Speeches (Lines) for Queen Margaret
in "Henry VI, Part III"

Total: 53

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# Act, Scene, Line
(Click to see in context)
Speech text

1

I,1,230

Nay, go not from me; I will follow thee.

2

I,1,232

Who can be patient in such extremes?
Ah, wretched man! would I had died a maid
And never seen thee, never borne thee son,
Seeing thou hast proved so unnatural a father
Hath he deserved to lose his birthright thus?
Hadst thou but loved him half so well as I,
Or felt that pain which I did for him once,
Or nourish'd him as I did with my blood,
Thou wouldst have left thy dearest heart-blood there,
Rather than have that savage duke thine heir
And disinherited thine only son.

3

I,1,247

Enforced thee! art thou king, and wilt be forced?
I shame to hear thee speak. Ah, timorous wretch!
Thou hast undone thyself, thy son and me;
And given unto the house of York such head
As thou shalt reign but by their sufferance.
To entail him and his heirs unto the crown,
What is it, but to make thy sepulchre
And creep into it far before thy time?
Warwick is chancellor and the lord of Calais;
Stern Falconbridge commands the narrow seas;
The duke is made protector of the realm;
And yet shalt thou be safe? such safety finds
The trembling lamb environed with wolves.
Had I been there, which am a silly woman,
The soldiers should have toss'd me on their pikes
Before I would have granted to that act.
But thou preferr'st thy life before thine honour:
And seeing thou dost, I here divorce myself
Both from thy table, Henry, and thy bed,
Until that act of parliament be repeal'd
Whereby my son is disinherited.
The northern lords that have forsworn thy colours
Will follow mine, if once they see them spread;
And spread they shall be, to thy foul disgrace
And utter ruin of the house of York.
Thus do I leave thee. Come, son, let's away;
Our army is ready; come, we'll after them.

4

I,1,275

Thou hast spoke too much already: get thee gone.

5

I,1,277

Ay, to be murder'd by his enemies.

6

I,1,280

Come, son, away; we may not linger thus.

7

I,4,489

Hold, valiant Clifford! for a thousand causes
I would prolong awhile the traitor's life.
Wrath makes him deaf: speak thou, Northumberland.

8

I,4,505

Brave warriors, Clifford and Northumberland,
Come, make him stand upon this molehill here,
That raught at mountains with outstretched arms,
Yet parted but the shadow with his hand.
What! was it you that would be England's king?
Was't you that revell'd in our parliament,
And made a preachment of your high descent?
Where are your mess of sons to back you now?
The wanton Edward, and the lusty George?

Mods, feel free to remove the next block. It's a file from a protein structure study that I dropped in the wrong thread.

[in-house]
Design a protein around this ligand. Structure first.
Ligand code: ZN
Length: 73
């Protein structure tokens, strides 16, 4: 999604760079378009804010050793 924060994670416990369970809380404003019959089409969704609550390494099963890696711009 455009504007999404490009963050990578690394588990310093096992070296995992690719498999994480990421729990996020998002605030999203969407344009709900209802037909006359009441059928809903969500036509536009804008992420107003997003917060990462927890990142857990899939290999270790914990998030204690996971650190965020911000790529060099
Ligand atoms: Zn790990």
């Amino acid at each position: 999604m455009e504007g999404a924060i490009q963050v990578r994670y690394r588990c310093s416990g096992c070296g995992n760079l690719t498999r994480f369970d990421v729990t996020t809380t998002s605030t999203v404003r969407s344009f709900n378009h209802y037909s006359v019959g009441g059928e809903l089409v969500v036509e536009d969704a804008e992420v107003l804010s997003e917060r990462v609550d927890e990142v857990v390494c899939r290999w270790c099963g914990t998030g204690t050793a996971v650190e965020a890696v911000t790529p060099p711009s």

And where's that valiant crook-back prodigy,
Dicky your boy, that with his grumbling voice
Was wont to cheer his dad in mutinies?
Or, with the rest, where is your darling Rutland?
Look, York: I stain'd this napkin with the blood
That valiant Clifford, with his rapier's point,
Made issue from the bosom of the boy;
And if thine eyes can water for his death,
I give thee this to dry thy cheeks withal.
Alas poor York! but that I hate thee deadly,
I should lament thy miserable state.
I prithee, grieve, to make me merry, York.
What, hath thy fiery heart so parch'd thine entrails
That not a tear can fall for Rutland's death?
Why art thou patient, man? thou shouldst be mad;
And I, to make thee mad, do mock thee thus.
Stamp, rave, and fret, that I may sing and dance.
Thou wouldst be fee'd, I see, to make me sport:
York cannot speak, unless he wear a crown.
A crown for York! and, lords, bow low to him:
Hold you his hands, whilst I do set it on.
[Putting a paper crown on his head]
Ay, marry, sir, now looks he like a king!
Ay, this is he that took King Henry's chair,
And this is he was his adopted heir.
But how is it that great Plantagenet
Is crown'd so soon, and broke his solemn oath?
As I bethink me, you should not be king
Till our King Henry had shook hands with death.
And will you pale your head in Henry's glory,
And rob his temples of the diadem,
Now in his life, against your holy oath?
O, 'tis a fault too too unpardonable!
Off with the crown, and with the crown his head;
And, whilst we breathe, take time to do him dead.

9

I,4,550

Nay, stay; lets hear the orisons he makes.

10

I,4,613

What, weeping-ripe, my Lord Northumberland?
Think but upon the wrong he did us all,
And that will quickly dry thy melting tears.

11

I,4,618

And here's to right our gentle-hearted king.

12

I,4,623

Off with his head, and set it on York gates;
So York may overlook the town of York.

13

II,2,843

Welcome, my lord, to this brave town of York.
Yonder's the head of that arch-enemy
That sought to be encompass'd with your crown:
Doth not the object cheer your heart, my lord?

14

II,2,898

My lord, cheer up your spirits: our foes are nigh,
And this soft courage makes your followers faint.
You promised knighthood to our forward son:
Unsheathe your sword, and dub him presently.
Edward, kneel down.

15

II,2,918

Ay, good my lord, and leave us to our fortune.

16

II,2,929

Go, rate thy minions, proud insulting boy!
Becomes it thee to be thus bold in terms
Before thy sovereign and thy lawful king?

17

II,2,947

Why, how now, long-tongued Warwick! dare you speak?
When you and I met at Saint Alban's last,
Your legs did better service than your hands.

18

II,2,963

Defy them then, or else hold close thy lips.

19

II,2,980

But thou art neither like thy sire nor dam;
But like a foul mis-shapen stigmatic,
Mark'd by the destinies to be avoided,
As venom toads, or lizards' dreadful stings.

20

II,2,1020

Stay, Edward.

21

II,5,1237

Mount you, my lord; towards Berwick post amain:
Edward and Richard, like a brace of greyhounds
Having the fearful flying hare in sight,
With fiery eyes sparkling for very wrath,
And bloody steel grasp'd in their ireful hands,
Are at our backs; and therefore hence amain.

22

III,3,1693

No, mighty King of France: now Margaret
Must strike her sail and learn awhile to serve
Where kings command. I was, I must confess,
Great Albion's queen in former golden days:
But now mischance hath trod my title down,
And with dishonour laid me on the ground;
Where I must take like seat unto my fortune,
And to my humble seat conform myself.

23

III,3,1702

From such a cause as fills mine eyes with tears
And stops my tongue, while heart is drown'd in cares.

24

III,3,1712

Those gracious words revive my drooping thoughts
And give my tongue-tied sorrows leave to speak.
Now, therefore, be it known to noble Lewis,
That Henry, sole possessor of my love,
Is of a king become a banish'd man,
And forced to live in Scotland a forlorn;
While proud ambitious Edward Duke of York